It’s amazing how every four years, Americans become super concerned with how the country is governed. Those who have watched one episode of Bill O’Reilly suddenly become experts on politics and everyone has a bunch of views on who they think should become president to “save our country.”
Now, I guess it’s natural for a democratic society to have opinions about their government and who they want to see “in charge,” but if we are going to be opinionated about the government, why are our opinions primarily geared toward the executive branch? It’s as if government elections don’t occur until it’s time for the presidential race and suddenly a massive amount of “VOTE” commercials and “YOU HAVE A VOICE” advertisements take over the media.
Don’t get me wrong, I do agree that presidential elections are very important, and I think everyone should vote, but I also think people should educate themselves — and I’m not just talking about on the candidates, I’m talking about on the government as a whole. If Americans take the time to review the standard American government class, which explains the branches of government and their powers, they may see that government is more than a president. What about our senators or our congressmen? Their elections go unnoticed — no increased advertising, no constant encouragement to vote, no true interest — and then we wonder why the elected president can’t do everything they promised.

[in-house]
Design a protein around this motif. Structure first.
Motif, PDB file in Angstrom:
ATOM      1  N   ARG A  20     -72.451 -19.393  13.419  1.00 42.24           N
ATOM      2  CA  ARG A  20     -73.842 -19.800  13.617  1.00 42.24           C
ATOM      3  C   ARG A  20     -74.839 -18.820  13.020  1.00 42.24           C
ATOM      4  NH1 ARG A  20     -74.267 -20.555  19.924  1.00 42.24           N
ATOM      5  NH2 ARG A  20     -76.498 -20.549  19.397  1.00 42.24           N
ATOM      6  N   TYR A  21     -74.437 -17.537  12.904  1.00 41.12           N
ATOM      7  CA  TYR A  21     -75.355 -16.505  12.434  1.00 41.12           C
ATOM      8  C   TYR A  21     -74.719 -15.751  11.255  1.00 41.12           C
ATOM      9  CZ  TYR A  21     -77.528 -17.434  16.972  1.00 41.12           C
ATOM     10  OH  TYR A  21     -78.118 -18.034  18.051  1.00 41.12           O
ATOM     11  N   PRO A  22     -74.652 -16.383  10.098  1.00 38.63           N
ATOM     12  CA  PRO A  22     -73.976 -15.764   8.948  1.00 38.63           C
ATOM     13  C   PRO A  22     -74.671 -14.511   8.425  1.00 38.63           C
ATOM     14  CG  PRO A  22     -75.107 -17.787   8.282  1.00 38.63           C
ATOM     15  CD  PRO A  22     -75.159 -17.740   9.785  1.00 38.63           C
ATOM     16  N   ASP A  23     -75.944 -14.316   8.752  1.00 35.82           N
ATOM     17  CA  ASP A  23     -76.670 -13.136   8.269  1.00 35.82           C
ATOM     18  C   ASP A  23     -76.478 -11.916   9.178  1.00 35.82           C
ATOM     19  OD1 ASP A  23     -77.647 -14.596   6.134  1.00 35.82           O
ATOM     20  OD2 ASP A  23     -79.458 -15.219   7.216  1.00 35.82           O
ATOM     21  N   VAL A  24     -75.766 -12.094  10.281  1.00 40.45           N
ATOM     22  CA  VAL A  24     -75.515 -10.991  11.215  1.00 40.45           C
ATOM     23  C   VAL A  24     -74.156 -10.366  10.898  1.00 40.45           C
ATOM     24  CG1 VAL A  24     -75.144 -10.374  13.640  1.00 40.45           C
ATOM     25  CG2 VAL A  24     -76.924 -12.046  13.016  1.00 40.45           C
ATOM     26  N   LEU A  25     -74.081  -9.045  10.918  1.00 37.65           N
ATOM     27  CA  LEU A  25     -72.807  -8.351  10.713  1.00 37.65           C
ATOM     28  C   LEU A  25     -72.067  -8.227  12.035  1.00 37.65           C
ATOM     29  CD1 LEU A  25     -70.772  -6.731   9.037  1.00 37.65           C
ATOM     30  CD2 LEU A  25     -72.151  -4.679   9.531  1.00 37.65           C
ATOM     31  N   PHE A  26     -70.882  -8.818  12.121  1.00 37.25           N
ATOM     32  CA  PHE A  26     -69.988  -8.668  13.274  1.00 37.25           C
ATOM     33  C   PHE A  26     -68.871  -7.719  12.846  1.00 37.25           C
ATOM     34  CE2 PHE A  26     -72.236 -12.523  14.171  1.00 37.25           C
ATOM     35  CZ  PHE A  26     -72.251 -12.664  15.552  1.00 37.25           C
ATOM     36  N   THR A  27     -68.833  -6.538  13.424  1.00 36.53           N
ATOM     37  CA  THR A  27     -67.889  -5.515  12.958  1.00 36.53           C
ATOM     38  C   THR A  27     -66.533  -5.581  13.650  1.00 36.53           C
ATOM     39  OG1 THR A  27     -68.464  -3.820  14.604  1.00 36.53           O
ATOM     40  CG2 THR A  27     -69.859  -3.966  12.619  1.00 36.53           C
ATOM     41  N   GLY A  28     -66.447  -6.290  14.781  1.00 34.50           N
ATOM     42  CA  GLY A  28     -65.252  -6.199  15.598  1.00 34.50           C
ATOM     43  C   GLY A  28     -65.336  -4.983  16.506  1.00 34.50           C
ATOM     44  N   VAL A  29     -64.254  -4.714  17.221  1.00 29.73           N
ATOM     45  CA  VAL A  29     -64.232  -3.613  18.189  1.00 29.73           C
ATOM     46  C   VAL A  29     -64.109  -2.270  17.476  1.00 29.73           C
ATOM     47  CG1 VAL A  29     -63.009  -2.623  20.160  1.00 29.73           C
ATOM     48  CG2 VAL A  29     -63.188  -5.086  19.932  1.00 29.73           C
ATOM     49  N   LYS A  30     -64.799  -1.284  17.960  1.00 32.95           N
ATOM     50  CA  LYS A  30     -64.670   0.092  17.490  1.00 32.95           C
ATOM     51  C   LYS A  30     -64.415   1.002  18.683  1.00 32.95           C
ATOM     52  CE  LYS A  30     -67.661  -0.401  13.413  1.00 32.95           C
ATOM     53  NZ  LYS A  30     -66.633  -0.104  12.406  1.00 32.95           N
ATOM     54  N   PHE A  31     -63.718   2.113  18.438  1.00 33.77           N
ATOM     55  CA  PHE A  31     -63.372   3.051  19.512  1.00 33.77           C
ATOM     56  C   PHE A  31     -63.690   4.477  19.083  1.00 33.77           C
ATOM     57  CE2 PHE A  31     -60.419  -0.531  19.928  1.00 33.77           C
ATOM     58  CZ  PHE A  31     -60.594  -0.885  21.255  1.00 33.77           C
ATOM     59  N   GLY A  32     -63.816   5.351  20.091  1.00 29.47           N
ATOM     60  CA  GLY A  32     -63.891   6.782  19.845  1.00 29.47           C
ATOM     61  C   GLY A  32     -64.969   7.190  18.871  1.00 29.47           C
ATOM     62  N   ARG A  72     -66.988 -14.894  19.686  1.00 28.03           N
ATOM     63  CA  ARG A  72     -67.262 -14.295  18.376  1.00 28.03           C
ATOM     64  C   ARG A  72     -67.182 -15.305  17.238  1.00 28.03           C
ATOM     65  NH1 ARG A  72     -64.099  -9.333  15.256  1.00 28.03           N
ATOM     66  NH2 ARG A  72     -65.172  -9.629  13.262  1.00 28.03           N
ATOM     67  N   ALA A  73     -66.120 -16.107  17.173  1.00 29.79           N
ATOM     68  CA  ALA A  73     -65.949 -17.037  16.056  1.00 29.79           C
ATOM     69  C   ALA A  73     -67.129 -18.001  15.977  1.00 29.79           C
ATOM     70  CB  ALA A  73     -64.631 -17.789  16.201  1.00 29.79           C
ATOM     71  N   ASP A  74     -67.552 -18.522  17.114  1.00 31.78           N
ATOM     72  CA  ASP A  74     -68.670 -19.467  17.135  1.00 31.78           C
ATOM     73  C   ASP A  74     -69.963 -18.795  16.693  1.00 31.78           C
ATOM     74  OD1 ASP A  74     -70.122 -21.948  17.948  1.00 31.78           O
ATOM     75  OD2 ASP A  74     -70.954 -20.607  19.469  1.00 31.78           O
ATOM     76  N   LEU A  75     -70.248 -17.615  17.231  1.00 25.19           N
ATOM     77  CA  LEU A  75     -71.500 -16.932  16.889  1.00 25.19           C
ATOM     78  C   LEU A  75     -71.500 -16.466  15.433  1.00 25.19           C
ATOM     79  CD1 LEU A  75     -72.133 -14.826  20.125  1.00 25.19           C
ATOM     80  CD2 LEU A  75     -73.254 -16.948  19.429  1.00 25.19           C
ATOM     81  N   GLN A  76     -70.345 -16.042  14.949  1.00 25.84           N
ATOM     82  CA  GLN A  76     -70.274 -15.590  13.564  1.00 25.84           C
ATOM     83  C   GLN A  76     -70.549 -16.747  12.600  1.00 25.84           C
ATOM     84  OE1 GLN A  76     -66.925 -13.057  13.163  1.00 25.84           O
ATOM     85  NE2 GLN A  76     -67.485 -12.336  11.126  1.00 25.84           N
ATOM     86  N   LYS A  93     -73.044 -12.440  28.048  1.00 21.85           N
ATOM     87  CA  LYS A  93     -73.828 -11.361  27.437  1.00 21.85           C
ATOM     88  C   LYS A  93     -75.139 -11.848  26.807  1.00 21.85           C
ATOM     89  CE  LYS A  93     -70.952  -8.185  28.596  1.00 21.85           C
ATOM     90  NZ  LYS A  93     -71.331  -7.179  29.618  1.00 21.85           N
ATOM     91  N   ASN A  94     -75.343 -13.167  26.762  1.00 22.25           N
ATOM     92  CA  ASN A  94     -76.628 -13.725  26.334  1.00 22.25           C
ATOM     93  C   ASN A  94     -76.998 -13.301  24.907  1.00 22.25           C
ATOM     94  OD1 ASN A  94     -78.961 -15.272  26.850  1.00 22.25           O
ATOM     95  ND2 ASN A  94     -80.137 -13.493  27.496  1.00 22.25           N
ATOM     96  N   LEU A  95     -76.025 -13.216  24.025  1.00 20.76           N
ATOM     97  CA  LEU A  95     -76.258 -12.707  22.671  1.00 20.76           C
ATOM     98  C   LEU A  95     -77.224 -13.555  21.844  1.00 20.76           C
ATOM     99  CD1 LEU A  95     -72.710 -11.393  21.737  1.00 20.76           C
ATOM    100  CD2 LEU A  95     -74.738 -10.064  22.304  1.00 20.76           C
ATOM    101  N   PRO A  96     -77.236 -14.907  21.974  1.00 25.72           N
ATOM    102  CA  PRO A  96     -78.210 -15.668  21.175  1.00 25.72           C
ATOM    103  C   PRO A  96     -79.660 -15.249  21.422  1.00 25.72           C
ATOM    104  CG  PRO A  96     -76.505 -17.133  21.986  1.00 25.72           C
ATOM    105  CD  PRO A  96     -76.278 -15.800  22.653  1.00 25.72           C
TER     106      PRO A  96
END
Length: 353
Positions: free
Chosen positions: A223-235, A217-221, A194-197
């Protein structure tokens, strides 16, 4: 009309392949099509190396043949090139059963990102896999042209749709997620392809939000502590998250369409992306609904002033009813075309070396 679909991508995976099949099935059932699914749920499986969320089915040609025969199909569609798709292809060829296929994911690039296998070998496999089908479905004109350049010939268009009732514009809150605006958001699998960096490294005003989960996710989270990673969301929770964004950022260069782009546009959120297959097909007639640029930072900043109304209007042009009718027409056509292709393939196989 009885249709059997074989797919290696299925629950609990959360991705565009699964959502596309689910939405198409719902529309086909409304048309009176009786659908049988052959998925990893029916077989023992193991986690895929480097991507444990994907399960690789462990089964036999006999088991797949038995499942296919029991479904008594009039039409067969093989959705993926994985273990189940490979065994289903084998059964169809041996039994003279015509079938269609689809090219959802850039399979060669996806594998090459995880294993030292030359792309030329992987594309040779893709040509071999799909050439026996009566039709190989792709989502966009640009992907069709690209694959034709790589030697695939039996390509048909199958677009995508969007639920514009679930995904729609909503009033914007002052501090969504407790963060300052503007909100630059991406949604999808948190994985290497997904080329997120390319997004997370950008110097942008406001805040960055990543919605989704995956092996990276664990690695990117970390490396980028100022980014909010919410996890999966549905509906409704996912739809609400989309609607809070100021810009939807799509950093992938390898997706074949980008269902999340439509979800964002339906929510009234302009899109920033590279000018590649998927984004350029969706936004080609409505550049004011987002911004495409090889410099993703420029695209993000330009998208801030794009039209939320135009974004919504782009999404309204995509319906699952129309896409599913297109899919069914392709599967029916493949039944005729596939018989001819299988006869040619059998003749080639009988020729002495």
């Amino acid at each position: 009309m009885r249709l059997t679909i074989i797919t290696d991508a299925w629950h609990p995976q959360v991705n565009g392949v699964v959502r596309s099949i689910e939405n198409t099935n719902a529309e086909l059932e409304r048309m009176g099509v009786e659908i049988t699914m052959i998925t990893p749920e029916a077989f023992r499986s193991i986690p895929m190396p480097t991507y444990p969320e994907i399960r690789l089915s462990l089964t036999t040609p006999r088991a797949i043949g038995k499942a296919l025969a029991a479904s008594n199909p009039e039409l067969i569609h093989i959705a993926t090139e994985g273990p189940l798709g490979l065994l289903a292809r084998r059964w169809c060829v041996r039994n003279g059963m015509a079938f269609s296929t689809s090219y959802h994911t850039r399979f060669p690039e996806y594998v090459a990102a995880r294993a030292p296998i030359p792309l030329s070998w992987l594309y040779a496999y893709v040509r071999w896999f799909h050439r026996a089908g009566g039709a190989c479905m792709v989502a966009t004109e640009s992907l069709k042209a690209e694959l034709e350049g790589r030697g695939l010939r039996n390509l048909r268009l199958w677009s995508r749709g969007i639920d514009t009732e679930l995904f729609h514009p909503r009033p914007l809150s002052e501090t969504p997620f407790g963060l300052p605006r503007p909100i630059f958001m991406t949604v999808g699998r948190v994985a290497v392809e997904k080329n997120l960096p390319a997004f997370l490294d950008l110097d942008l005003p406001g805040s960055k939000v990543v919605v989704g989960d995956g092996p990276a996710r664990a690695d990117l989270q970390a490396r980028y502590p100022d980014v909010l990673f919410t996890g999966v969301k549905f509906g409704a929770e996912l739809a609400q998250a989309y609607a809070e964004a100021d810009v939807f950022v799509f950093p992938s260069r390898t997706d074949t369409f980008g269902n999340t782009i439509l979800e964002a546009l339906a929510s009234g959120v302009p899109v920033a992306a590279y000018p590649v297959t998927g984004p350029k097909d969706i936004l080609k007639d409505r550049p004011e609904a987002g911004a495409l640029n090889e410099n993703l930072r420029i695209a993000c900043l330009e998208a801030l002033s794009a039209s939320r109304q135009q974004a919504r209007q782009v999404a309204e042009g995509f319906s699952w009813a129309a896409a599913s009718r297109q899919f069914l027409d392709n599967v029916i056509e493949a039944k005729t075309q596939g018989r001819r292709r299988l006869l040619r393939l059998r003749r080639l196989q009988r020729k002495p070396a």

While I support the efforts of the many organizations encouraging the people to get out and vote, I think a lot of our issues can be solved if we put the same emphasis on our entire government as we do just one portion of it.